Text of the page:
The chief lifted the slender young form, placed it on the pile of wood, and told a woman to bring coals and set fire to the pile. When this had been done, all left the place except Three Bulls, who stayed there, tending the fire and poking it here and there, until it was burnt out and no wood or trace of a human body was left. Nothing remained except the little pile of ashes. These he scattered. Still he was not satisfied. His medicine was strong; perhaps his dream had warned him. Now he ordered that the lodges be taken down, that everything be packed up, and that the trail of the moving camp should pass over the heap of ashes.
Some time before this, after Red Robe had made his long fasting, and his dream had come to him and he had returned to his grand-mother's lodge, he had told his true friend something of what had been said to him by his dream.
"If I should die," he said, "and you are near, do not desert me. Go to the place where I fell, and if my body should have been destroyed look carefully around the place. If you can find even a shred of my flesh or a bit of my bone, it will be well. So said my dream. Here are four arrows, which the dream told me to make. If you can find a bit of my body, flesh or bone, or even hair, cover it with a robe, and standing over it, shoot three arrows one after another up into the air, crying, as each one leaves the bow, 'Look out!' When you fit the fourth arrow on the bowstring and shoot it upward, cry, 'Look out, Red Robe, the arrow will strike you!' and as you say this, turn and run away from the place, not looking back as you go. If you do this, my friend, just as I have told you, I shall live again."
As the camp moved, Three Bulls stood and watched it filing over the place of the fire, and saw the ashes scattered by the trailing ends of lodge poles and travois, and by the feet of hundreds of people and dogs. Still he was not satisfied, and for a long time after the last of the people had passed he remained there. Then he went on across the flat and up and over a ridge, but presently he returned, once, twice, four times, to the crest of the hill and looked back at the place where the camp had been; but at last he felt sure that no one remained at the place, and went on.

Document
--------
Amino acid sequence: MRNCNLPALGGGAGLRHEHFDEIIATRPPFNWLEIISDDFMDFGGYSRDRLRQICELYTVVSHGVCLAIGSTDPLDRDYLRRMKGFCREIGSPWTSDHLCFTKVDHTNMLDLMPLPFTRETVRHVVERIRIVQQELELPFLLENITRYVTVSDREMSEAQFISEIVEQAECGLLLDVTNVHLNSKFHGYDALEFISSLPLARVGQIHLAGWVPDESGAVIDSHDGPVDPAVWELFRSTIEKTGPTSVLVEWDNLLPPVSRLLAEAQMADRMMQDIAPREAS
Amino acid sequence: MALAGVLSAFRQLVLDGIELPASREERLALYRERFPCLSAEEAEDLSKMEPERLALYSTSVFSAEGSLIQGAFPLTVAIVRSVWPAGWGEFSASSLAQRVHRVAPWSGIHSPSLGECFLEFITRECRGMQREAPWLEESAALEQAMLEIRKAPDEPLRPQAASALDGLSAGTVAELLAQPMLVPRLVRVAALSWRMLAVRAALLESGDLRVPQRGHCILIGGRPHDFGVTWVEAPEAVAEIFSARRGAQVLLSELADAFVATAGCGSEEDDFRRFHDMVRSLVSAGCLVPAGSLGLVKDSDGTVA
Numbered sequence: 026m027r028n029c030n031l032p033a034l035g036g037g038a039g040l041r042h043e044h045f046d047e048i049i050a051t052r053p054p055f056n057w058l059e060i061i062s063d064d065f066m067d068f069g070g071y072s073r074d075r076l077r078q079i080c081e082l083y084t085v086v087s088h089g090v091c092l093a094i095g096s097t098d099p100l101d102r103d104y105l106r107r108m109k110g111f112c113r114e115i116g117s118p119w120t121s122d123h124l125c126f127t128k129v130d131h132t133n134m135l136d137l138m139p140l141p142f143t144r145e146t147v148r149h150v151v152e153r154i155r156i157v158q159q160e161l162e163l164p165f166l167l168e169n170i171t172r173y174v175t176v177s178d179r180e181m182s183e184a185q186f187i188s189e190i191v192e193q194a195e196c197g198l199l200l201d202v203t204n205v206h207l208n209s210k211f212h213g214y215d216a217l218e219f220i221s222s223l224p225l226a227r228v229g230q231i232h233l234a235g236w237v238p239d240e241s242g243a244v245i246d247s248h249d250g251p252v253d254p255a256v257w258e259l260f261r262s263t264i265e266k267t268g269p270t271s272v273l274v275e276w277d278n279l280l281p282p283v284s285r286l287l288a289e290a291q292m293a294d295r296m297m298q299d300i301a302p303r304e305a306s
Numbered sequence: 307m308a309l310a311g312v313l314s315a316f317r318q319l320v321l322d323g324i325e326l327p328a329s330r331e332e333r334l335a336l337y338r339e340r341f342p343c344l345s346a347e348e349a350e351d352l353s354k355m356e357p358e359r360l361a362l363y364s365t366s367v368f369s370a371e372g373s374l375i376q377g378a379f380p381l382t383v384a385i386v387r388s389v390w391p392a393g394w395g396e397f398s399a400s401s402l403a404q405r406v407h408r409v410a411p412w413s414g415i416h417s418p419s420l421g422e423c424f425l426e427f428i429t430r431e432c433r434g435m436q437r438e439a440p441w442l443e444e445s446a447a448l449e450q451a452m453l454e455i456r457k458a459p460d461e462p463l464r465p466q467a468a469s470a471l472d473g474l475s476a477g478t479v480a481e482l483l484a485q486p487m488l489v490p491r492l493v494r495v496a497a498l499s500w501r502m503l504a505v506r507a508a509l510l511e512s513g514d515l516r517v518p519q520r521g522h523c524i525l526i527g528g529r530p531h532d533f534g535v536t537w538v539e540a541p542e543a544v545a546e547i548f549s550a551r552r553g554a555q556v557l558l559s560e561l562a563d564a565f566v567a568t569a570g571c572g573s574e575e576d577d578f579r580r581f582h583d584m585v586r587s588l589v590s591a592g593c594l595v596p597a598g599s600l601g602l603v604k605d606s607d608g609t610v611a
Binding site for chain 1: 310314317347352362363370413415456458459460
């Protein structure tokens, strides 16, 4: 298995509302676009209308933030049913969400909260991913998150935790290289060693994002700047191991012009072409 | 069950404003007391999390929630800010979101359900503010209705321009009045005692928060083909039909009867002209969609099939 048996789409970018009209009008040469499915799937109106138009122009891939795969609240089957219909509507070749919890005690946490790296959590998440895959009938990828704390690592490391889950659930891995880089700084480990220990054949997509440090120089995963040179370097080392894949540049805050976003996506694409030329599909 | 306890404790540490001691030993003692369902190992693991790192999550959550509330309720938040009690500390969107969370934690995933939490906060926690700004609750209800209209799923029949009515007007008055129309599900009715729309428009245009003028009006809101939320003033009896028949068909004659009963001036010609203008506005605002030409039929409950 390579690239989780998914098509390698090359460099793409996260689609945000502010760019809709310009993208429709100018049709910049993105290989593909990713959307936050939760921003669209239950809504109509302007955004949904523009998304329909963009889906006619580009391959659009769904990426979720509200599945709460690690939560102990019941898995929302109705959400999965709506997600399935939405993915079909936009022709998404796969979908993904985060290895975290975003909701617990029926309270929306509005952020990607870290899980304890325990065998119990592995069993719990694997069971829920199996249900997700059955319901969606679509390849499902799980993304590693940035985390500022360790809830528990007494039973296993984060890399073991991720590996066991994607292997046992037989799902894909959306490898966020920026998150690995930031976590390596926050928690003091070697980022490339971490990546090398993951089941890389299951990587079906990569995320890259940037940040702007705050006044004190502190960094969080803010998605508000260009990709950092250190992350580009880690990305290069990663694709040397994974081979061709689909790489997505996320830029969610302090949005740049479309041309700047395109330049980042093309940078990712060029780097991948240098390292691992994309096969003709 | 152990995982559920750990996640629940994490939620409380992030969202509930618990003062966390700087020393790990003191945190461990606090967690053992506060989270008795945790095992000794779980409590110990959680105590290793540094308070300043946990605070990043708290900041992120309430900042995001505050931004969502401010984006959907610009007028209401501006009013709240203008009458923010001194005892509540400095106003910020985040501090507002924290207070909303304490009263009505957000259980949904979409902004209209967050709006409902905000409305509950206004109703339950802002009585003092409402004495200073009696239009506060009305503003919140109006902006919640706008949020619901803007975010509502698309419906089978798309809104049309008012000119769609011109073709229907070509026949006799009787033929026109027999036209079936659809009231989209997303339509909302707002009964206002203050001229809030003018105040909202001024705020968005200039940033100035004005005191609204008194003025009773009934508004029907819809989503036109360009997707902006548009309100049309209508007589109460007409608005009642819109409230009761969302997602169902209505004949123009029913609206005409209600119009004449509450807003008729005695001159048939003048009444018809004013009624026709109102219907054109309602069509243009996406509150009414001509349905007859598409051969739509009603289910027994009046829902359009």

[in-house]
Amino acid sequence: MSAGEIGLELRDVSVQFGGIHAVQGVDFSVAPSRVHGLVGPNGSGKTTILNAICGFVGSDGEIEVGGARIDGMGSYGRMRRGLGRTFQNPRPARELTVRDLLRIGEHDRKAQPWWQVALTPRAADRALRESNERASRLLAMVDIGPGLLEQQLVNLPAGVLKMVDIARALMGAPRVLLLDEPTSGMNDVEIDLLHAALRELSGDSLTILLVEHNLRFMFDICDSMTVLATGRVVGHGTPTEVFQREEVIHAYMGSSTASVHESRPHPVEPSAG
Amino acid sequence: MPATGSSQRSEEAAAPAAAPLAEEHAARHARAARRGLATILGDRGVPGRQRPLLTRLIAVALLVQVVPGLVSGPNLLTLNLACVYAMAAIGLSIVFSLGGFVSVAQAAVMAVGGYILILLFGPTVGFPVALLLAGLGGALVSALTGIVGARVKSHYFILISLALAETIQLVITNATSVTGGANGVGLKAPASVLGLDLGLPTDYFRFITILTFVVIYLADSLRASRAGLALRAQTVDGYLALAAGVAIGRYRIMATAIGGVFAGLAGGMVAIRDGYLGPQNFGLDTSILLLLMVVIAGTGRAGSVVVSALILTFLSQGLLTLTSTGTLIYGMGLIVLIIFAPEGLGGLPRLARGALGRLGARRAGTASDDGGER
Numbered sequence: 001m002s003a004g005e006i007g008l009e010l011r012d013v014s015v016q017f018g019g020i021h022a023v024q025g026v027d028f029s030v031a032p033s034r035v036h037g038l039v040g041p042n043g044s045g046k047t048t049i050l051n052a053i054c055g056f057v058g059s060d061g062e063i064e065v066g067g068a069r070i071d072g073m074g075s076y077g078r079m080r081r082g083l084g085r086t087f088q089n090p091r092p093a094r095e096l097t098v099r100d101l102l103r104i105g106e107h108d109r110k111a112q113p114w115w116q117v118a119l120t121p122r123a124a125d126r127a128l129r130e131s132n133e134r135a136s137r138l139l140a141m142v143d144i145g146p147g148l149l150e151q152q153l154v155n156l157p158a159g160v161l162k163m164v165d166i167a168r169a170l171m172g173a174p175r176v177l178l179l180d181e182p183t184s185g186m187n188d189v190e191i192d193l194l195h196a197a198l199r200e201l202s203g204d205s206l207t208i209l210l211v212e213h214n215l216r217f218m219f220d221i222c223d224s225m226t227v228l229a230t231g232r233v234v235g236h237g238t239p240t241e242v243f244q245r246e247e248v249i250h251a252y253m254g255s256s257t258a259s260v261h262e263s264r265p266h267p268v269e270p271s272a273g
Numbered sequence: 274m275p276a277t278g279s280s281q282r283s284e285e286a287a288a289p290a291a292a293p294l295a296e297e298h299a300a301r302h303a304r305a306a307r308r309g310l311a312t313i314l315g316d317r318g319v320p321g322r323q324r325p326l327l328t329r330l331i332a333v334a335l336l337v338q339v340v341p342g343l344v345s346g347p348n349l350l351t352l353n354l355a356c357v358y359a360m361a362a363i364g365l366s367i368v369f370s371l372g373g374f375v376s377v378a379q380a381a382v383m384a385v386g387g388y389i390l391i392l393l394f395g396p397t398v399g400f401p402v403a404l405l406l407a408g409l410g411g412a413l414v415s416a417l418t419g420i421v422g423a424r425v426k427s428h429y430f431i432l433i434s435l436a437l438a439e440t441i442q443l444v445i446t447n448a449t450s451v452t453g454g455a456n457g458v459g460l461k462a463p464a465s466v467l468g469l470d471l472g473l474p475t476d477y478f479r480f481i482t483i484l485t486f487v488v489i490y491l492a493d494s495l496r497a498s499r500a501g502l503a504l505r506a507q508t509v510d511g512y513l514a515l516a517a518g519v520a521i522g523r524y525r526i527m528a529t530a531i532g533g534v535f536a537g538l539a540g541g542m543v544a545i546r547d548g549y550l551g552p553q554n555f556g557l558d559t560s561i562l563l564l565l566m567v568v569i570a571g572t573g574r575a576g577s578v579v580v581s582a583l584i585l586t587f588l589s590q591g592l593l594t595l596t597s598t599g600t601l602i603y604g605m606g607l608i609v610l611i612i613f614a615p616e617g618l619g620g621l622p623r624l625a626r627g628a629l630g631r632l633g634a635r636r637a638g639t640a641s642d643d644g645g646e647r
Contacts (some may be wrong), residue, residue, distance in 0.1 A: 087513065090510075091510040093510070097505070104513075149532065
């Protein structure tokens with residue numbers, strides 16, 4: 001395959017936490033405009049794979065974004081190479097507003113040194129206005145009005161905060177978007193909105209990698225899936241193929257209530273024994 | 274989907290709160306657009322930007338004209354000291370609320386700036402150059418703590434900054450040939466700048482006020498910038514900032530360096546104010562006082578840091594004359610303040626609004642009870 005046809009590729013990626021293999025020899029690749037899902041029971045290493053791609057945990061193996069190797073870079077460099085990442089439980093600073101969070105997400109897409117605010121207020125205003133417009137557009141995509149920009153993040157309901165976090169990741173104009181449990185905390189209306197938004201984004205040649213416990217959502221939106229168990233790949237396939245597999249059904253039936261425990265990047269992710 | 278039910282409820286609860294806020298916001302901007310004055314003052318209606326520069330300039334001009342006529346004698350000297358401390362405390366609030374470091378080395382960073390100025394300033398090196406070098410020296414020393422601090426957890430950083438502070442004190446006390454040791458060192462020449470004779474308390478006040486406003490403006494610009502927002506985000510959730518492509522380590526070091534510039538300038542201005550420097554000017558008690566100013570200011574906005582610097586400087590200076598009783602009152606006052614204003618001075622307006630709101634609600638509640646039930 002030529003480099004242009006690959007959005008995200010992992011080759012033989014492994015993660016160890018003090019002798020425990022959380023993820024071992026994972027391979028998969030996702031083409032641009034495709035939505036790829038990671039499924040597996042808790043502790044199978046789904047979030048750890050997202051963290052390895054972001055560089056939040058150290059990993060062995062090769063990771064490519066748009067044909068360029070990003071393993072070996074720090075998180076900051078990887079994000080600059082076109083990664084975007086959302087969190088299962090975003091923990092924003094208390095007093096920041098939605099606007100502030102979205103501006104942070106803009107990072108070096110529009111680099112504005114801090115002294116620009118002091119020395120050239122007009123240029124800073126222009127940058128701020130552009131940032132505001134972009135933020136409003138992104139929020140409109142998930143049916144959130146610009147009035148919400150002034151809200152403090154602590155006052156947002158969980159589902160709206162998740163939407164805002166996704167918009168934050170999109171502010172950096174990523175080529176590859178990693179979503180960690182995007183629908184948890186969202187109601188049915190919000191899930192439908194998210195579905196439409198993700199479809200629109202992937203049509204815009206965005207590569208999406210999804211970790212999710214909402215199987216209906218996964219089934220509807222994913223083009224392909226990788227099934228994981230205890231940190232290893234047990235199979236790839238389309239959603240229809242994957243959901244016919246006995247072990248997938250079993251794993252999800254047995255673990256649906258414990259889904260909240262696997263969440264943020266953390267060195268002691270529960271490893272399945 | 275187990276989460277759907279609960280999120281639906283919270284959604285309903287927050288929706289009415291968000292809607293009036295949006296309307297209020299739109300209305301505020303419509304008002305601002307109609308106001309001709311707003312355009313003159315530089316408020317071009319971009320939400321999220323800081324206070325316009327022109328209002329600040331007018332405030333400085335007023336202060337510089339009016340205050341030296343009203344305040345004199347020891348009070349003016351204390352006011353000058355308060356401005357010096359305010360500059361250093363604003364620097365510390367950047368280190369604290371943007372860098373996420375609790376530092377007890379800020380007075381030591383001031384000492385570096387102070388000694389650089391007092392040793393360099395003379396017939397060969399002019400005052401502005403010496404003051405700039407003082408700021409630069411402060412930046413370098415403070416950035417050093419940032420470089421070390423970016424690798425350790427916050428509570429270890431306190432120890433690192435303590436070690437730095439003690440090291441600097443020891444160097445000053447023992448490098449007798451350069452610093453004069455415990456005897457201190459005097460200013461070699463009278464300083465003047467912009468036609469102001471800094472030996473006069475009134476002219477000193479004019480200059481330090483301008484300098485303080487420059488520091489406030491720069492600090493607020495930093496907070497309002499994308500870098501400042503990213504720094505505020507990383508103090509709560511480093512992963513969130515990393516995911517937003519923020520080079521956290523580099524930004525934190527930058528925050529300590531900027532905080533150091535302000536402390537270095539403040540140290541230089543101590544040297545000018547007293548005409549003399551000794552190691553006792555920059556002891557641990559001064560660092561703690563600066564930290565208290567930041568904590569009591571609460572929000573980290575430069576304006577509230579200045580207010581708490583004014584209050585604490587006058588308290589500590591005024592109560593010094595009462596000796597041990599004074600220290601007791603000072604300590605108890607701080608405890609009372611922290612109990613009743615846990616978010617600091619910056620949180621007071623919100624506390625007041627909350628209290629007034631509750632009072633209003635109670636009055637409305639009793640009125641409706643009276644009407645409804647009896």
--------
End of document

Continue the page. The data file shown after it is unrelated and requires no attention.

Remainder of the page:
Yet Talking Rock was there. He had been hidden in the brush all the time, watching the chief. Even after Three Bulls had passed over the ridge, he remained crouched in the bushes, and saw him come back again and again to peer over its crest. Still further on there was an-other higher ridge, and when the young man saw Three Bulls climb that and disappear on the trail of the camp, he came forth.
Going to the place where his friend had lain, Talking Rock. sat down and mourned, wailing long and loud. Back on the hills the wolves and coyotes heard him and they too became sorrowful, adding their cries to his.
The young man had little faith in the power of the four arrows that he kept so carefully wrapped in a separate bundle in his quiver. He looked at the place where Red Robe's body had been burnt. It was like any other place on the great trail that had been made, dust and grass blades mingled together, and scratches made by the dragging poles. It did not seem possible that anything of his friend's body remained; yet he must search, and breaking a green willow twig he began carefully to work over the dust, stopping his crying, for the tears blinded his eyes so that he could not see.
All the long morning and far into the after-noon, Talking Rock swept the dust this way and that, turning it over and over, in a circle that grew always wider, and just as he was about to give up the search, he found a bit of charred and blackened bone. Was this a part of his friend's frame? Was it not more likely a bit of bone of buffalo or elk, which some dog had carried from one of the fireplaces of the camp and dropped here?